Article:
We’ve had a lot of mastermind members have success with good news calls of the day and, and yeah, I think that’s what you’re talking about. This culture of celebration. And I love that you’re talking about give them tangible things too. And to move past just athletics. Like, there’s so many different ways that schools excuse me, students exhibit their brilliance. I just wanna highlight Doc Chris Jones, who’s viewing right now, and definitely a Ruckus Maker who listens to the podcast. He said, compliance encourages resistance and I would agree with that. There’s a part of my book that talks about expectations versus agreements. Anything you wanna add in terms of doc’s comment here that compliance encourages resistance.
I really appreciate what Chris is saying there, because to me, compliance is like the enemy of innovation. If we are focused only on compliance, we’re not gonna have people who are being innovative and creative in their classroom, and our kids aren’t necessarily gonna take risks because our teachers won’t take risks in those cultures of compliance. It’s like people will function and perform at a level just north of that, which would get them punished. We definitely want to move in that direction where we’re encouraging people to take a risk and take a chance and be willing to do some things differently. And then you really celebrate those people for taking chances and doing cool things in our classroom. I mean, that’s what being a Ruckus Maker’s all about. You can’t, that’s right. You can’t make a ruckus if you can’t take a risk.
No. It’s to invest in your continuous growth, challenging the status quo, which is inherently risky in designing the future school now. Like, why, wait, and the one thing I want to add too, like, back to this like compliance riff and expectations riff were happen too. Here’s the thing, especially when it comes to resistance. Viewers, listeners, like to think for a moment. Honestly, investigate your own experience when you have expectations or you’re pushing people to be compliant, how do you feel when they violate? You know, that expectation, you’re pretty, you’re upset right now. How do you feel if they actually meet the expectation or they are quite compliant? Do you throw a party for ’em, you high five ’em? No. You just think to yourself, oh, they’re just doing their job. So it’s a lose lose situation. That’s why agreements are so much better. A culture of celebration is so much better because when it’s sort of an organic and bottom up and collaborative process that people say, this is how I’m gonna add more value, they’re thrilled to make that the reality. And that’s really how you build a remarkable school, a remarkable culture. Another way you can do it is to have a leadership coach. And I know you had an executive leadership coach as a principal. Tell us, Darrin, like what did you learn from that experience? Having a coach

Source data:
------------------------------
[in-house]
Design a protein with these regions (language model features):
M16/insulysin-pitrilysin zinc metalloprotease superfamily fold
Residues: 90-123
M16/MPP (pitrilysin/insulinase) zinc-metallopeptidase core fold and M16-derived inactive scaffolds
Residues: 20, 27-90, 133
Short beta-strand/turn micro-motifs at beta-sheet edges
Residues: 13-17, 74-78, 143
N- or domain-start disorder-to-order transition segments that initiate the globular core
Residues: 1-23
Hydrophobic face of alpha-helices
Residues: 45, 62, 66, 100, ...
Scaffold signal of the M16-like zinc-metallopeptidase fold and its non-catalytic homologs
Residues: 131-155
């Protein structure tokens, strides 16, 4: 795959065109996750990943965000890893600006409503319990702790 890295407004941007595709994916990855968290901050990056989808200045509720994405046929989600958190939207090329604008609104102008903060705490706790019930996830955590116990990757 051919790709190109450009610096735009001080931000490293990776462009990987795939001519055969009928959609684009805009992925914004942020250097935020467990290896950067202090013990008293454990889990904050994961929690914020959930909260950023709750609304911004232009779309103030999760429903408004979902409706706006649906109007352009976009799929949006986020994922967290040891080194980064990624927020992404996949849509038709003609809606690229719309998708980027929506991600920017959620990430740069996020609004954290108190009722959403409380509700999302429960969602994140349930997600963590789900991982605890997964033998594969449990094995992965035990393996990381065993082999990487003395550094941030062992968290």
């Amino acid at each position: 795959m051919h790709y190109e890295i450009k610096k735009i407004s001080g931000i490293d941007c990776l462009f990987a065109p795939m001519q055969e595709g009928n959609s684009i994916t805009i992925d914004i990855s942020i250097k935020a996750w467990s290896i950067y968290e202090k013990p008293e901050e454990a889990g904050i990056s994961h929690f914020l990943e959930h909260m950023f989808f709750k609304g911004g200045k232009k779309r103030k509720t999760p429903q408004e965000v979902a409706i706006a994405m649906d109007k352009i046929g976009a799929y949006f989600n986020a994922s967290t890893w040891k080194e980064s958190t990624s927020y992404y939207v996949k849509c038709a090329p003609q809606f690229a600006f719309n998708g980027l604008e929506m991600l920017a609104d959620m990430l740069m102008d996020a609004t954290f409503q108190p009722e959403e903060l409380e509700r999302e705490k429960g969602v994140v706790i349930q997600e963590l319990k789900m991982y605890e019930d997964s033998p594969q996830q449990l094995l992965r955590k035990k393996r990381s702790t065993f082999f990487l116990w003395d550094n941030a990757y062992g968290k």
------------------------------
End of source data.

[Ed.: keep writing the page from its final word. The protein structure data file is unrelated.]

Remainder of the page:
Danny was a game changer. I mean, it really was that holy cow. I became the principal in the same school where I’d been an assistant principal, and it was seriously 40 feet from my AP office to the principal’s office. I’m mean, like a really short little move down the hallway, and it might as well have been like 400 miles because. When I stepped into that principal role, and I think a lot of principals go through what I went through Darrin peppered sat at the interview table and Darrin Peppered was offered the job, and then Darrin peppered thought, “oh, now I have to be Superman. I have to do it all.” They didn’t inter they didn’t interview or hire Superman, they interviewed me, but I was convinced for whatever reason that I had to have all the answers and I had to solve everybody’s problems and all this.